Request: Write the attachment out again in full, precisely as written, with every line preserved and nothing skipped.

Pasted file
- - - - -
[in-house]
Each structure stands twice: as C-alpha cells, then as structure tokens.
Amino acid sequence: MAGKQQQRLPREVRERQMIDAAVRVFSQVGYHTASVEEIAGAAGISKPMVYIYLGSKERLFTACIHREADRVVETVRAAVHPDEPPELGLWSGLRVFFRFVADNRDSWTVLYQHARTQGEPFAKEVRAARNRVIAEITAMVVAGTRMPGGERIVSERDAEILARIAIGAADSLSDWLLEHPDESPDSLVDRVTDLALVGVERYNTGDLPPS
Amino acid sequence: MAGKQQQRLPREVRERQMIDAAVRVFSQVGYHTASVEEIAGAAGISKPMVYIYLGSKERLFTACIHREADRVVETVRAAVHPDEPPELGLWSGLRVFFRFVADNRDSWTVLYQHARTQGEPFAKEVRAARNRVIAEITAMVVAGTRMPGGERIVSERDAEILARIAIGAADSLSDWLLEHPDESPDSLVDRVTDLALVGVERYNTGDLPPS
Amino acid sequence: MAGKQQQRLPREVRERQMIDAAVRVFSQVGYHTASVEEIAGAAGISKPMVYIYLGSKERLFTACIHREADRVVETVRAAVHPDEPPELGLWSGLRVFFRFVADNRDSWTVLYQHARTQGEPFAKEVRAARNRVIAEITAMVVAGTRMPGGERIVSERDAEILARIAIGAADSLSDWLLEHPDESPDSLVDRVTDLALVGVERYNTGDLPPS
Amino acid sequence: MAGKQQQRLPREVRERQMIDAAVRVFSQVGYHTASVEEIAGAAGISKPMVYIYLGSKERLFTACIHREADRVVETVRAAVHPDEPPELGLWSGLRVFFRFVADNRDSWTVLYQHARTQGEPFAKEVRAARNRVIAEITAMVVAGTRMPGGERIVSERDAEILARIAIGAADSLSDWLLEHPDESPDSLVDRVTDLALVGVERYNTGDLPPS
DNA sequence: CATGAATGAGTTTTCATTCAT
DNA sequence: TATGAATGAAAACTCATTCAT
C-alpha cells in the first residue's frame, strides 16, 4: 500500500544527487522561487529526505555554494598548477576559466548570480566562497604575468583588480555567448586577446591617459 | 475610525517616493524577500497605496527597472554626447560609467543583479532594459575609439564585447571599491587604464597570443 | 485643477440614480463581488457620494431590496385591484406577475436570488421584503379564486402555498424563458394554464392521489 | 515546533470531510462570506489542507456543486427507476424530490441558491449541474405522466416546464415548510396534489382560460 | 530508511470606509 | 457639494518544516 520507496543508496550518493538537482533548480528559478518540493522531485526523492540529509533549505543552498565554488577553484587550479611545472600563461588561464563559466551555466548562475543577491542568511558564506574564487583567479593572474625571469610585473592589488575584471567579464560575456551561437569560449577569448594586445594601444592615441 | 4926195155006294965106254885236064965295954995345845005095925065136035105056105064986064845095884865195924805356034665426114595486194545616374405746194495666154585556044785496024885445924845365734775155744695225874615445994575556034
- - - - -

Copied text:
[in-house]
Each structure stands twice: as C-alpha cells, then as structure tokens.
Amino acid sequence: MAGKQQQRLPREVRERQMIDAAVRVFSQVGYHTASVEEIAGAAGISKPMVYIYLGSKERLFTACIHREADRVVETVRAAVHPDEPPELGLWSGLRVFFRFVADNRDSWTVLYQHARTQGEPFAKEVRAARNRVIAEITAMVVAGTRMPGGERIVSERDAEILARIAIGAADSLSDWLLEHPDESPDSLVDRVTDLALVGVERYNTGDLPPS
Amino acid sequence: MAGKQQQRLPREVRERQMIDAAVRVFSQVGYHTASVEEIAGAAGISKPMVYIYLGSKERLFTACIHREADRVVETVRAAVHPDEPPELGLWSGLRVFFRFVADNRDSWTVLYQHARTQGEPFAKEVRAARNRVIAEITAMVVAGTRMPGGERIVSERDAEILARIAIGAADSLSDWLLEHPDESPDSLVDRVTDLALVGVERYNTGDLPPS
Amino acid sequence: MAGKQQQRLPREVRERQMIDAAVRVFSQVGYHTASVEEIAGAAGISKPMVYIYLGSKERLFTACIHREADRVVETVRAAVHPDEPPELGLWSGLRVFFRFVADNRDSWTVLYQHARTQGEPFAKEVRAARNRVIAEITAMVVAGTRMPGGERIVSERDAEILARIAIGAADSLSDWLLEHPDESPDSLVDRVTDLALVGVERYNTGDLPPS
Amino acid sequence: MAGKQQQRLPREVRERQMIDAAVRVFSQVGYHTASVEEIAGAAGISKPMVYIYLGSKERLFTACIHREADRVVETVRAAVHPDEPPELGLWSGLRVFFRFVADNRDSWTVLYQHARTQGEPFAKEVRAARNRVIAEITAMVVAGTRMPGGERIVSERDAEILARIAIGAADSLSDWLLEHPDESPDSLVDRVTDLALVGVERYNTGDLPPS
DNA sequence: CATGAATGAGTTTTCATTCAT
DNA sequence: TATGAATGAAAACTCATTCAT
C-alpha cells in the first residue's frame, strides 16, 4: 500500500544527487522561487529526505555554494598548477576559466548570480566562497604575468583588480555567448586577446591617459 | 475610525517616493524577500497605496527597472554626447560609467543583479532594459575609439564585447571599491587604464597570443 | 485643477440614480463581488457620494431590496385591484406577475436570488421584503379564486402555498424563458394554464392521489 | 515546533470531510462570506489542507456543486427507476424530490441558491449541474405522466416546464415548510396534489382560460 | 530508511470606509 | 457639494518544516 520507496543508496550518493538537482533548480528559478518540493522531485526523492540529509533549505543552498565554488577553484587550479611545472600563461588561464563559466551555466548562475543577491542568511558564506574564487583567479593572474625571469610585473592589488575584471567579464560575456551561437569560449577569448594586445594601444592615441 | 4926195155006294965106254885236064965295954995345845005095925065136035105056105064986064845095884865195924805356034665426114595486194545616374405746194495666154585556044785496024885445924845365734775155744695225874615445994575556034